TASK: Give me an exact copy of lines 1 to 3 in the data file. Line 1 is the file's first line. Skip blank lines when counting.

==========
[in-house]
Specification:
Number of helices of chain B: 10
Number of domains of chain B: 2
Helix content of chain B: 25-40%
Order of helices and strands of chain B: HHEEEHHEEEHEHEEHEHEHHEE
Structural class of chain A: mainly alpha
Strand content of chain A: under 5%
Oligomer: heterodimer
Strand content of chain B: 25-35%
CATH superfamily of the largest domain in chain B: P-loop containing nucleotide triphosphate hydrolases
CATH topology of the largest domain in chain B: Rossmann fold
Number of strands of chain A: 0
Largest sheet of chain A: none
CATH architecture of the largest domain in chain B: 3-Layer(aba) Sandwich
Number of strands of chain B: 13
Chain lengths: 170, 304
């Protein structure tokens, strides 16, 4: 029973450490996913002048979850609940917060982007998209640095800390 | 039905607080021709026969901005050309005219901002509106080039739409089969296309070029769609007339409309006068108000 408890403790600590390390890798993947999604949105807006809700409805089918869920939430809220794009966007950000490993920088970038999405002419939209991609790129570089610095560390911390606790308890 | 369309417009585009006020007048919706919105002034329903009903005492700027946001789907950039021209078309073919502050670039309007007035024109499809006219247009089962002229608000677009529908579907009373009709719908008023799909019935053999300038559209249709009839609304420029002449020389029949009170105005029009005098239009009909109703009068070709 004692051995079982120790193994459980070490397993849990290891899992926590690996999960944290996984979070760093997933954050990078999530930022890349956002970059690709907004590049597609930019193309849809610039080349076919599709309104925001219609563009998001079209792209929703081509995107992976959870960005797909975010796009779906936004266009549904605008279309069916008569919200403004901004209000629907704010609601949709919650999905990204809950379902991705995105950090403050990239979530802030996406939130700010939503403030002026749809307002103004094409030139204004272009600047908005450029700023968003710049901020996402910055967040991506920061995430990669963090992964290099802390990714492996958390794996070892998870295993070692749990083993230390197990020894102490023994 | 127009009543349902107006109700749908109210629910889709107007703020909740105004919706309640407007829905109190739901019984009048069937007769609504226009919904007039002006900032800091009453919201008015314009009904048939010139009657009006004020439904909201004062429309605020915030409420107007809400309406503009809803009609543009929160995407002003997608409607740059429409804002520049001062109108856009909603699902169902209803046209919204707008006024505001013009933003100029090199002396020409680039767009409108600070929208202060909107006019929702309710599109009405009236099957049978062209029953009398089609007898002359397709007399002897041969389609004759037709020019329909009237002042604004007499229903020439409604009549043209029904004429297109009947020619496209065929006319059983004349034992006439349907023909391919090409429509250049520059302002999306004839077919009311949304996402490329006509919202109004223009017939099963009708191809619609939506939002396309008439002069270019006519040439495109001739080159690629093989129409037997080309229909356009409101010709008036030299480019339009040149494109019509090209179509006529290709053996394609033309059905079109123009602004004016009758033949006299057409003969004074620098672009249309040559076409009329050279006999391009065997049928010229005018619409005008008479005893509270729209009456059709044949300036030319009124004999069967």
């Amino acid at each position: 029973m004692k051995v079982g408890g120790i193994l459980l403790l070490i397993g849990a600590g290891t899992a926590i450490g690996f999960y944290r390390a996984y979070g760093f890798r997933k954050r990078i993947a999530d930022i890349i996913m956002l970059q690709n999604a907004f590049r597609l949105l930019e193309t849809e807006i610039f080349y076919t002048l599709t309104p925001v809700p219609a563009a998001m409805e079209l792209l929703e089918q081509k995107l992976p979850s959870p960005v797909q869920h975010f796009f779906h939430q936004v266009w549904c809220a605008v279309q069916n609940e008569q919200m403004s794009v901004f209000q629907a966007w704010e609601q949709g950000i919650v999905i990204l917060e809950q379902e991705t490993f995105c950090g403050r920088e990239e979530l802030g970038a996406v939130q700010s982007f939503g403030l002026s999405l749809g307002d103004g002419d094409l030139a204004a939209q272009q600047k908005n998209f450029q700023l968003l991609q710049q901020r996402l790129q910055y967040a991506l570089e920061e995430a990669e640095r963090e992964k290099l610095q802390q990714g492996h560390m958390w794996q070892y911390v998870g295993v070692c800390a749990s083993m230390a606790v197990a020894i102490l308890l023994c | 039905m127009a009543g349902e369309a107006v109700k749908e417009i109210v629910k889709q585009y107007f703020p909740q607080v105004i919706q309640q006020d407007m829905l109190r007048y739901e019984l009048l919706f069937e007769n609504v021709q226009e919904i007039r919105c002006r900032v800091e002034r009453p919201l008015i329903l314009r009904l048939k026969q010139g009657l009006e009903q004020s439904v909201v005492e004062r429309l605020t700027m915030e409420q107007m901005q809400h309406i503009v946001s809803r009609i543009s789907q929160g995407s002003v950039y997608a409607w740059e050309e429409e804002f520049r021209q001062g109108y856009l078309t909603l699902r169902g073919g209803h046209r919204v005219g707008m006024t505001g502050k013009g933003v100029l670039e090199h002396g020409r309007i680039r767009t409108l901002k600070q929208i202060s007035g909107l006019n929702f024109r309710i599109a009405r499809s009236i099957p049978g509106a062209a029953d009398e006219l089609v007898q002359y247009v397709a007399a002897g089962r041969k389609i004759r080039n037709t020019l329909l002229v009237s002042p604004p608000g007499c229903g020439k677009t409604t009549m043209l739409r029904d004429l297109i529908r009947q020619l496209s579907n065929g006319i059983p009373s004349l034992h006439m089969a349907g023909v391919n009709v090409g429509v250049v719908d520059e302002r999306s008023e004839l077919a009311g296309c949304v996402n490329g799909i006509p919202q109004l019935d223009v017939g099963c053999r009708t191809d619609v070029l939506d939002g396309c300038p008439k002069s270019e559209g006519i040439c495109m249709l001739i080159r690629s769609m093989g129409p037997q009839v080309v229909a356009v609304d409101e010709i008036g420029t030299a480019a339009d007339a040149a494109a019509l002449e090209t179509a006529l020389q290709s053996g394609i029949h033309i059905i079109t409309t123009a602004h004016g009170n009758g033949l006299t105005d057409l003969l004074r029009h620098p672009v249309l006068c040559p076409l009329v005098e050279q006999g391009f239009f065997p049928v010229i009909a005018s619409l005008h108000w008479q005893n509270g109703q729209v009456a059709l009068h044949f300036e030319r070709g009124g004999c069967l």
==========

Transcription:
[in-house]
Specification:
Number of helices of chain B: 10